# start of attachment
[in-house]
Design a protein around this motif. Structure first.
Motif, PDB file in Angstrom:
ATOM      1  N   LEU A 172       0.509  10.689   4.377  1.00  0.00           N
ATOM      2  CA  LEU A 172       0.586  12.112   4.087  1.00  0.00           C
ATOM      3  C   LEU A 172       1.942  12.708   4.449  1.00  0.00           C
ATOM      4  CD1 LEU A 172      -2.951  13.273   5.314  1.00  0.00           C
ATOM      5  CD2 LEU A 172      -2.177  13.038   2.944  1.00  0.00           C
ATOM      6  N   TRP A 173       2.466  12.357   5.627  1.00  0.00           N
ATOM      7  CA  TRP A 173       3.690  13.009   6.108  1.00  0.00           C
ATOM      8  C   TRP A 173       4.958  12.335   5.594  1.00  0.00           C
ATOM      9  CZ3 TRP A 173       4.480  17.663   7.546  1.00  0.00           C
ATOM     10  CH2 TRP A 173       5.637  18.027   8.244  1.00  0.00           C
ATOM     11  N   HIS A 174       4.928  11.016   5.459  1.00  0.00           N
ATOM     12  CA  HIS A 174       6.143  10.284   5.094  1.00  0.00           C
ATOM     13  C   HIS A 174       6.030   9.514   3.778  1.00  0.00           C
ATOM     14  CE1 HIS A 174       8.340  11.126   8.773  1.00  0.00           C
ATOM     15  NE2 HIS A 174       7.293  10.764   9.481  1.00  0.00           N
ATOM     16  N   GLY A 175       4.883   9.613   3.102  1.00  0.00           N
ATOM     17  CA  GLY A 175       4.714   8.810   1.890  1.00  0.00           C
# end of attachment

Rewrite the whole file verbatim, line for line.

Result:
[in-house]
Design a protein around this motif. Structure first.
Motif, PDB file in Angstrom:
ATOM      1  N   LEU A 172       0.509  10.689   4.377  1.00  0.00           N
ATOM      2  CA  LEU A 172       0.586  12.112   4.087  1.00  0.00           C
ATOM      3  C   LEU A 172       1.942  12.708   4.449  1.00  0.00           C
ATOM      4  CD1 LEU A 172      -2.951  13.273   5.314  1.00  0.00           C
ATOM      5  CD2 LEU A 172      -2.177  13.038   2.944  1.00  0.00           C
ATOM      6  N   TRP A 173       2.466  12.357   5.627  1.00  0.00           N
ATOM      7  CA  TRP A 173       3.690  13.009   6.108  1.00  0.00           C
ATOM      8  C   TRP A 173       4.958  12.335   5.594  1.00  0.00           C
ATOM      9  CZ3 TRP A 173       4.480  17.663   7.546  1.00  0.00           C
ATOM     10  CH2 TRP A 173       5.637  18.027   8.244  1.00  0.00           C
ATOM     11  N   HIS A 174       4.928  11.016   5.459  1.00  0.00           N
ATOM     12  CA  HIS A 174       6.143  10.284   5.094  1.00  0.00           C
ATOM     13  C   HIS A 174       6.030   9.514   3.778  1.00  0.00           C
ATOM     14  CE1 HIS A 174       8.340  11.126   8.773  1.00  0.00           C
ATOM     15  NE2 HIS A 174       7.293  10.764   9.481  1.00  0.00           N
ATOM     16  N   GLY A 175       4.883   9.613   3.102  1.00  0.00           N
ATOM     17  CA  GLY A 175       4.714   8.810   1.890  1.00  0.00           C